It seems to me women as well as men should love these books, as I've found is certainly true of Jeffery Farnol's works. The women in the stories aren't often the focus but they're great characters with real power of their own. The men, for all their athleticism, are aesthetes at heart & tend toward the dandified -- with powdered wigs, ruffled sleeves & hosiery, how could they be anything else -- & this character type was borrowed by Orczy & Farnol to a startling degree. The tension inherent in a character who before the intrigues-rife royal court or at the gambling tables is the male equivalent of a painted hussy, but is nevertheless prone to highminded acts of valor, retains a degree of cosmopolitan modernity for feminist & tavern brawler alike.
The classic age of the swashbuckler might well be said to begin with Weyman, later hitting a certain stride with Sabatini's Italian & Jeffery Farnol's Elizabethan swashbucklers, but also with such more-or-less adult series as featured Baroness Orczy's Pimpernel, Garston Crosby's Owls' House, & David Graeme's Monsieur Blackshirt. Later still, what I would call post-Farnol authors -- i.e., Lawrence Schoonover, Samuel Shellabarger, Frank Yerby -- brought little new to the form though they certainly continued it admirably, whereas pre-Weyman historical romancers like William Ainsworth, George Menville Fenn, Sabine Baring-Gold, were comparative primitives still in the thrall of gothicism. Scott, Dumas & Blackmore were the mid-century grandfathers rather than the century's end fathers of those delightsome swashbucklers that were to thrive up to the second world war when, perhaps, the sadness, brutality & waste resulting from actual "heroism" made a gallant pirouetting with sword just a little less believable.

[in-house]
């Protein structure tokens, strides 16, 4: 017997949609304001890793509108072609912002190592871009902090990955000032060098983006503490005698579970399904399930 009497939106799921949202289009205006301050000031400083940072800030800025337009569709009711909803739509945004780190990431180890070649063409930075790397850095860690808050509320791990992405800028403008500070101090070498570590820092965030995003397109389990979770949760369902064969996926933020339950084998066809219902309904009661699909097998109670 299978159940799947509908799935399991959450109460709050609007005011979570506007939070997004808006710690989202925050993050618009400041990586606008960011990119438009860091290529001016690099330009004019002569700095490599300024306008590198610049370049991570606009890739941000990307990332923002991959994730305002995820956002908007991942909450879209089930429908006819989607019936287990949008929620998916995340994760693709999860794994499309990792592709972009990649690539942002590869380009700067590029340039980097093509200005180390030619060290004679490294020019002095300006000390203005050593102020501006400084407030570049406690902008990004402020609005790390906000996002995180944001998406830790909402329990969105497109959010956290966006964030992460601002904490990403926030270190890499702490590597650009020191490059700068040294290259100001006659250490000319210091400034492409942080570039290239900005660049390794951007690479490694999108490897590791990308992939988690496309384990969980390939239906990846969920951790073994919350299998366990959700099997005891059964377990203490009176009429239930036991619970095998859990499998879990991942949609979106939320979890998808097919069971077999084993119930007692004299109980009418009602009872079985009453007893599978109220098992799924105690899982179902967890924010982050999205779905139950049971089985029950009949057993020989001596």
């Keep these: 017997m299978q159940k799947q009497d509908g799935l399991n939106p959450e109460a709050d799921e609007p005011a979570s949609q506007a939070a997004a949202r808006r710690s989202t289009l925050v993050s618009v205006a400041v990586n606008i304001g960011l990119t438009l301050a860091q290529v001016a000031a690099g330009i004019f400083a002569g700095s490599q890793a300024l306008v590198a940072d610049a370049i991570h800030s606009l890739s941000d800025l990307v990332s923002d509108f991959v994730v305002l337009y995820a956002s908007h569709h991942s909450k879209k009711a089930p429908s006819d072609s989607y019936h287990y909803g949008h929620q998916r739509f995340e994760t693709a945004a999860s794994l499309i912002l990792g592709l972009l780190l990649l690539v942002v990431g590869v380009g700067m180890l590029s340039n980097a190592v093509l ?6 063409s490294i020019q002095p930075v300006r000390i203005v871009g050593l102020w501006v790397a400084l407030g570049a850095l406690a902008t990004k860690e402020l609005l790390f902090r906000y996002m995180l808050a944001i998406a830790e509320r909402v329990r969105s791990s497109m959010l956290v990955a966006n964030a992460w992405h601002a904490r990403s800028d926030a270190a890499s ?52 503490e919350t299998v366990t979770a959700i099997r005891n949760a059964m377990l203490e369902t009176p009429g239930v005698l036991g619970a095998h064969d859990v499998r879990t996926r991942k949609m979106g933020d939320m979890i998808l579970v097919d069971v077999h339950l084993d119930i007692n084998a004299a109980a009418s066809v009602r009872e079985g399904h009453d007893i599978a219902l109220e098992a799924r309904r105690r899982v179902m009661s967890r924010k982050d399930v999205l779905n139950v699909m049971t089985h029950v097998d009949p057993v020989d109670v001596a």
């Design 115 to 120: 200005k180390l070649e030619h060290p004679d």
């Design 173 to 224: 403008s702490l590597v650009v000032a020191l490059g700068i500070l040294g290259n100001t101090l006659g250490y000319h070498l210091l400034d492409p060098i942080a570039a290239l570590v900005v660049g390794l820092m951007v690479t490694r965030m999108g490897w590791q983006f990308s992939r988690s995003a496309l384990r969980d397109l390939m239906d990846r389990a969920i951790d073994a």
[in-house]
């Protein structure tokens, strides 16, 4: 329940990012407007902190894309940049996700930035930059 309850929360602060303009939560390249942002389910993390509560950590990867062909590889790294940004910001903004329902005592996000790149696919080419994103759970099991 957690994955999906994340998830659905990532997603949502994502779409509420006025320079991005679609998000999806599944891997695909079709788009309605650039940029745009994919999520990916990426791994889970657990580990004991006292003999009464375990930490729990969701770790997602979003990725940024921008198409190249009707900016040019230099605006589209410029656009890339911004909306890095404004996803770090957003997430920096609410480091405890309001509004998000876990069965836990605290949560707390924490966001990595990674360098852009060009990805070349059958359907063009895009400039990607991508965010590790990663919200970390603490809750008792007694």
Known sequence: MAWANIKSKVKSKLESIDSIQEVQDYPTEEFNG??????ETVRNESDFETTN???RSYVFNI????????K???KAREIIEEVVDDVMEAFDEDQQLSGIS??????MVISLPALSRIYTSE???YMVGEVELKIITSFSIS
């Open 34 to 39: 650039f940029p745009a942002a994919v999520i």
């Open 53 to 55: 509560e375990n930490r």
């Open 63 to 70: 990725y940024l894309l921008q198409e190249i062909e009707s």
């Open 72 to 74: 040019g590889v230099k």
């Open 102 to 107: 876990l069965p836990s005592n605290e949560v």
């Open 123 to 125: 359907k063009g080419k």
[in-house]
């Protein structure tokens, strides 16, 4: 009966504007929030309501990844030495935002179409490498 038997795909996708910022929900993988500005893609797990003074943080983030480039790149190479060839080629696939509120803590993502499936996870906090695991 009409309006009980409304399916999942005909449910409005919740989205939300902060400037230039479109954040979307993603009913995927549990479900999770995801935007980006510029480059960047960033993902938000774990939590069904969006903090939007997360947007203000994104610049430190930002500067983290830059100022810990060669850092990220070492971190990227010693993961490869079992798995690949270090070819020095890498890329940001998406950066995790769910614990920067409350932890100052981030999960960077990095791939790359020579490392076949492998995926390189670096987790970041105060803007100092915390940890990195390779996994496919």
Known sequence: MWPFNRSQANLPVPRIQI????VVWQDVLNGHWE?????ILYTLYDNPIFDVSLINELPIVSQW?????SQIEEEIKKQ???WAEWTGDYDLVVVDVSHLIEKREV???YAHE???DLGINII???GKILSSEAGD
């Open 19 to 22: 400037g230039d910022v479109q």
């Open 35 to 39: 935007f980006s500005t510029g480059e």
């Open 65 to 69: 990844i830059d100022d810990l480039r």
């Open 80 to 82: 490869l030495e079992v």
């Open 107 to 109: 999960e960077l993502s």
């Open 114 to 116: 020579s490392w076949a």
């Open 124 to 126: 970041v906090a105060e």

Weyman represents the perfection of the form. It was he that birthed an entire school of such romances composed in the Yellow Nineties, a coterie of authors who frankly constitute the highest highwatermark for the genre, whether or not little known, & exceeded even the later, better-remembered Orzy, Sabatini, & Farnol in excellence. These disciples/contemporaries of Stanley Weyman included John Edward Bloundelle-Burton, S. Levett Yeats, Standish O'Grady, Owen Rhoscomyl, & Robert Neilson Stephens, among so many others. S. R. Crockett was more a disciple of Stevenson but Weyman can be detected as well. They all had in common high color, action & romance, without losing sight of historical credibility. If they are to be distinguished from the more purely "historical" novelist, the distinguishing factor for swashbucklers per se is a greater naive power & belief in the beauty of heroic action & of humanity's capacity for great evil & great goodness -- an artful attitude that makes the pirate or an alley bravo or a gentleman robber an appropriate hero more often than with historicals generally.